The actin cytoskeleton has many essential functions. Actin polymerization drives membrane movements, and actin filaments assemble into a scaffold that supports the cells’ motors and signaling machinery. The scaffold is continually remodeled in proliferating cells and is completely dismantled in apoptotic cells. We are studying how phosphatidylinositol 4,5 bisphosphate (PIP2), a membrane lipid, regulates the actin scaffold in proliferating and apoptotic cells.
We focus on the lipid kinases that synthesize PIP2 (phosphatidylinositol phosphate 5 kinases, PIP5Ks) and PI4P (phosphatidylinositol 4 kinases, PI4Ks), as well as the regulatory proteins that respond to PIP2 and PI4P.
The 3’-phosphoinositides PI3P and PI(3,4,5)P3 have been established as key regulators of autophagy and cell survival. We recently discovered that the 4’-phosphoinositide, PI4P, which is the gatekeeper to the canonical PIP2 and PIP3 signaling pathways, has a pivotal role in its own right in directly regulating autophagosome: lysosome fusion at the final and critical step in the autophagic process.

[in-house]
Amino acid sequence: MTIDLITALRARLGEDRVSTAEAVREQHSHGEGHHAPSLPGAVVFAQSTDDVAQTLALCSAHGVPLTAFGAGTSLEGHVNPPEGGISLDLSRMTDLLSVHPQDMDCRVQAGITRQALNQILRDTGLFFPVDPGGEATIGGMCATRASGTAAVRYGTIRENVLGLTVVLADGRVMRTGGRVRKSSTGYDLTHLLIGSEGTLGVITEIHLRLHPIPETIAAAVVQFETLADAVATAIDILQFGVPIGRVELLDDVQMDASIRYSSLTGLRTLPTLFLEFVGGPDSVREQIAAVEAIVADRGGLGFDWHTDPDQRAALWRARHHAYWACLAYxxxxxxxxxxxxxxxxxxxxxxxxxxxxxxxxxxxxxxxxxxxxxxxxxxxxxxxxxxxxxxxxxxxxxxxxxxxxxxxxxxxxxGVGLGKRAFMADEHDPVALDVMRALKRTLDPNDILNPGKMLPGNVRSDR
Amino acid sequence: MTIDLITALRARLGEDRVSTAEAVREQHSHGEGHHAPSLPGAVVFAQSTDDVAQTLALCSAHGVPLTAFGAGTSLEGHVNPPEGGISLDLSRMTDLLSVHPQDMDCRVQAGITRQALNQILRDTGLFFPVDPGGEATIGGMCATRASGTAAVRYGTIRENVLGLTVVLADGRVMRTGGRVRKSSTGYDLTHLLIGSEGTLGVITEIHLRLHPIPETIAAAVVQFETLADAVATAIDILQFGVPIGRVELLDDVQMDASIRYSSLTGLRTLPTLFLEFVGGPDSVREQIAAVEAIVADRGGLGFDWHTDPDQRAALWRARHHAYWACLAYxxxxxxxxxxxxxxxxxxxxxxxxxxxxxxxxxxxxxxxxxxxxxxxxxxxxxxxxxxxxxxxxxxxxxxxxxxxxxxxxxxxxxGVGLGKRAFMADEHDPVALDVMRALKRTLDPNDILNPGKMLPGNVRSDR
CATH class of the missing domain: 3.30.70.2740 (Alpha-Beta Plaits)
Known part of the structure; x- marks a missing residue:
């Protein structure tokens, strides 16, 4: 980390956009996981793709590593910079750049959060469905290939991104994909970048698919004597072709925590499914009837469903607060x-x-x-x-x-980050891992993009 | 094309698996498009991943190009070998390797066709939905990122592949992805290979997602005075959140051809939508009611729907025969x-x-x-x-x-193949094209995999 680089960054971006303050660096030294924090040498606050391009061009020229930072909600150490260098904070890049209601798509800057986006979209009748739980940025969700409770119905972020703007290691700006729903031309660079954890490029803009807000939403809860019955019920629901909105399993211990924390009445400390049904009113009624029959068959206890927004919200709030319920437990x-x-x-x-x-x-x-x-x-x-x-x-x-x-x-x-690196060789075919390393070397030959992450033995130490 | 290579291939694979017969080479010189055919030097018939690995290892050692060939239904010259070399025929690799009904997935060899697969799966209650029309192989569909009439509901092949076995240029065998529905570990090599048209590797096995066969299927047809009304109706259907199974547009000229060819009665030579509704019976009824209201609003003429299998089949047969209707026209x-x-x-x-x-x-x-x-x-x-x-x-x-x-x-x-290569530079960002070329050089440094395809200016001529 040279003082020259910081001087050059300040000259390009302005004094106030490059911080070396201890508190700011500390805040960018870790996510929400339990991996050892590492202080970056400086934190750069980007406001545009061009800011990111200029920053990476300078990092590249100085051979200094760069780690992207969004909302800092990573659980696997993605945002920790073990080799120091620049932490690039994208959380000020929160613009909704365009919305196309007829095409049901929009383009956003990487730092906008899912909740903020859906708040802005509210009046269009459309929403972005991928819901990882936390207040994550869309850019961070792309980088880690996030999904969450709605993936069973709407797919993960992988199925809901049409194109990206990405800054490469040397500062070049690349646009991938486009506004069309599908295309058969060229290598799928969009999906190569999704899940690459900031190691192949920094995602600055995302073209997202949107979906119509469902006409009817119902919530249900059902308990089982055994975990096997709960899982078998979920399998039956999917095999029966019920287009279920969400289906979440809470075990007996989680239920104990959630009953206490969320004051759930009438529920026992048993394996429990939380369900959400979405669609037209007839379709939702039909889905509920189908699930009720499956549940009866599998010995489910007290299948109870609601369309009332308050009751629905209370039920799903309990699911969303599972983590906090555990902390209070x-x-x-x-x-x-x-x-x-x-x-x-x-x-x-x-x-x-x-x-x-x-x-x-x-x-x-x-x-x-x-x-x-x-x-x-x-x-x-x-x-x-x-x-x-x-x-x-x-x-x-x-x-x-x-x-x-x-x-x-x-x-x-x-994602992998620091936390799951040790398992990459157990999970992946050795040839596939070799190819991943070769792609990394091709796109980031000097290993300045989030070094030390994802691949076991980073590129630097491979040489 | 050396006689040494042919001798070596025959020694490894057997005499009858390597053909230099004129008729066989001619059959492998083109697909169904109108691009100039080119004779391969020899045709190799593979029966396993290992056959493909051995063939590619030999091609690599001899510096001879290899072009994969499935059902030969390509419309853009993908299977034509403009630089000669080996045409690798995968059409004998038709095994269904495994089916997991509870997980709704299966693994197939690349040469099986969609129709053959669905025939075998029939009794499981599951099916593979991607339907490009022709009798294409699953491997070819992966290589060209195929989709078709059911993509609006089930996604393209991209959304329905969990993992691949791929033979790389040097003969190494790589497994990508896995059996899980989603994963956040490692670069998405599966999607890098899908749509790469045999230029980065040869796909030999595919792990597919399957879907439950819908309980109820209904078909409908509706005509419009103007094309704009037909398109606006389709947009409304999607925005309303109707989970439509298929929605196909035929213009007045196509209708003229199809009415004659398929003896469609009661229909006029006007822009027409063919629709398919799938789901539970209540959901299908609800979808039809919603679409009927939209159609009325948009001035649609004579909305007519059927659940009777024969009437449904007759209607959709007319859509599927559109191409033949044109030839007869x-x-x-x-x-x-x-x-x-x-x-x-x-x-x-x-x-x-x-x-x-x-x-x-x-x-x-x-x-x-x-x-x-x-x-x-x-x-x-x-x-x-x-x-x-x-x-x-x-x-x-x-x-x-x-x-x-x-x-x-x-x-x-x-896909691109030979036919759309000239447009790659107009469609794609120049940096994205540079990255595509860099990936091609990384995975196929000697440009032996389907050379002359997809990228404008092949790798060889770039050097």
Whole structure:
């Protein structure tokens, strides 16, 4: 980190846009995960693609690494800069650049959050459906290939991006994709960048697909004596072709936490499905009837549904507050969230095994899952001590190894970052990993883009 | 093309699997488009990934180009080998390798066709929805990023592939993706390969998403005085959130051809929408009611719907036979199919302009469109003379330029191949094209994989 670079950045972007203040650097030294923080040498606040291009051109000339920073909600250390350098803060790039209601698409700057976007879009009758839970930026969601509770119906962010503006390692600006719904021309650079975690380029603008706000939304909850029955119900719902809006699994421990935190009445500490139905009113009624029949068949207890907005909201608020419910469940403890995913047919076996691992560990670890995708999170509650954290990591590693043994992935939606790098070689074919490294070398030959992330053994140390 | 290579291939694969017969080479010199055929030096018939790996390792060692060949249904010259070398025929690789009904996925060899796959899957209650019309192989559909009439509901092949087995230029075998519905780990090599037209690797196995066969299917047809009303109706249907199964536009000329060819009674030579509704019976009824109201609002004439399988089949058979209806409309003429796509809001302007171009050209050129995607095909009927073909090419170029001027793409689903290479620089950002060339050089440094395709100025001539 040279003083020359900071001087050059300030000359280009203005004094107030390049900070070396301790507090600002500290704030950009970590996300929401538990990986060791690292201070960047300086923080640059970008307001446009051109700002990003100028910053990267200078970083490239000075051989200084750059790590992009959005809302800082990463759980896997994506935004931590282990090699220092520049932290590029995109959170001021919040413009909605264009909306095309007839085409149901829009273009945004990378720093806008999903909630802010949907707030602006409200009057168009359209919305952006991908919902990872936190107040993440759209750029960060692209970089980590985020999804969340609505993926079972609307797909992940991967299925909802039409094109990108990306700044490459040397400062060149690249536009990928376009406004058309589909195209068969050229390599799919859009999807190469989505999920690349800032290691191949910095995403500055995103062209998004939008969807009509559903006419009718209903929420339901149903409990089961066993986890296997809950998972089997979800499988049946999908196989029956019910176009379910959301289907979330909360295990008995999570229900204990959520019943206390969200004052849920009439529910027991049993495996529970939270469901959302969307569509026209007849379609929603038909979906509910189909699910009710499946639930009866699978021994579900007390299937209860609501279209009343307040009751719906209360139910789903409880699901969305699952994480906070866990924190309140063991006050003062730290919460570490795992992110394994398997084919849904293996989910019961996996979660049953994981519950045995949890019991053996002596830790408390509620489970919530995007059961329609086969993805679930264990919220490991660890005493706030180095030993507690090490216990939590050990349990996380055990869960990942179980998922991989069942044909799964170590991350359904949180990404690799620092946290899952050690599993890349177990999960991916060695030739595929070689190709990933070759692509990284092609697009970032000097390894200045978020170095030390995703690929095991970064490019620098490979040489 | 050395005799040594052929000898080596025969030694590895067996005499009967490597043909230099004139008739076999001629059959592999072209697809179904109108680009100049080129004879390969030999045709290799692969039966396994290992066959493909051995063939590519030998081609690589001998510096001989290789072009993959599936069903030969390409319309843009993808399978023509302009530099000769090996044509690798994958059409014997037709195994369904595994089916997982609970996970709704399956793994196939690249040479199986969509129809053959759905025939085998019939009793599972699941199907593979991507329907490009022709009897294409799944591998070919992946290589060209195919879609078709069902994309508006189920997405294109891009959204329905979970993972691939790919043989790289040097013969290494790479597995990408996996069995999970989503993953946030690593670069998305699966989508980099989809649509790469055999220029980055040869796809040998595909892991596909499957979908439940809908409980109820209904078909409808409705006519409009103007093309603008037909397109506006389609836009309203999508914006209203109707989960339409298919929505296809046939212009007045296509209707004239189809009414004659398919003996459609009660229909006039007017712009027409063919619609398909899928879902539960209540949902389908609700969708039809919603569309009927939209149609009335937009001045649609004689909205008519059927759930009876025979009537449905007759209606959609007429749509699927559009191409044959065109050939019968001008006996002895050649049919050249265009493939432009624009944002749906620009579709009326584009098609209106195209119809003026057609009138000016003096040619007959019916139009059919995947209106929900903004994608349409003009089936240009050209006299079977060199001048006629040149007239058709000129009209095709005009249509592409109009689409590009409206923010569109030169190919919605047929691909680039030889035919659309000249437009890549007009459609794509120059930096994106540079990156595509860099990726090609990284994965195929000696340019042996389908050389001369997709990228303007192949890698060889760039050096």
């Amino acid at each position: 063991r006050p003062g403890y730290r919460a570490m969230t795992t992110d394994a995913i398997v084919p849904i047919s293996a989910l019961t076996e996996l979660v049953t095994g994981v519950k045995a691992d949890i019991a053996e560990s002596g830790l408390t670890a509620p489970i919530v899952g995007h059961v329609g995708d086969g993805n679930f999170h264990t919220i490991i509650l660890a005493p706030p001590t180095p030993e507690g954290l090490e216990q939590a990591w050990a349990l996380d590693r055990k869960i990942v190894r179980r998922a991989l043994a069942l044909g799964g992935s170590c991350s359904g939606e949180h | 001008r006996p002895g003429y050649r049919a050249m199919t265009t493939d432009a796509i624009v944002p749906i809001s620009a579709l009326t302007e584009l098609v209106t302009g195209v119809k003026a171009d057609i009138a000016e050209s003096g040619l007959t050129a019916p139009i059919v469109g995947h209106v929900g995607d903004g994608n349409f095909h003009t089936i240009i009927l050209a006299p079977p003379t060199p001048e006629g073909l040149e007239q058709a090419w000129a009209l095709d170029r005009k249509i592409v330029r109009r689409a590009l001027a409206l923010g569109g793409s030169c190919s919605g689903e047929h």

This PI4P is generated exclusively by the type II phosphatidylinositol 4-kinase IIα (PI4KIIα), which is concentrated in the Golgi region in growing cells. PI4KIIα translocates to the autophagosomes in a GABARAP-dependent manner. Since GABARAP is a much less understood autophagy-related family protein than LC3, and PI4KIIα binds GABARAP but not LC3, we propose that PI4KIIα is a GABARAP effector in autophagosome maturation and fusion.
Our goal is to follow up on these novel findings to determine how the GABARAP/PI4KIIα/PI4P interaction regulates autophagosome: lysosome fusion at this critical stage of autophagy.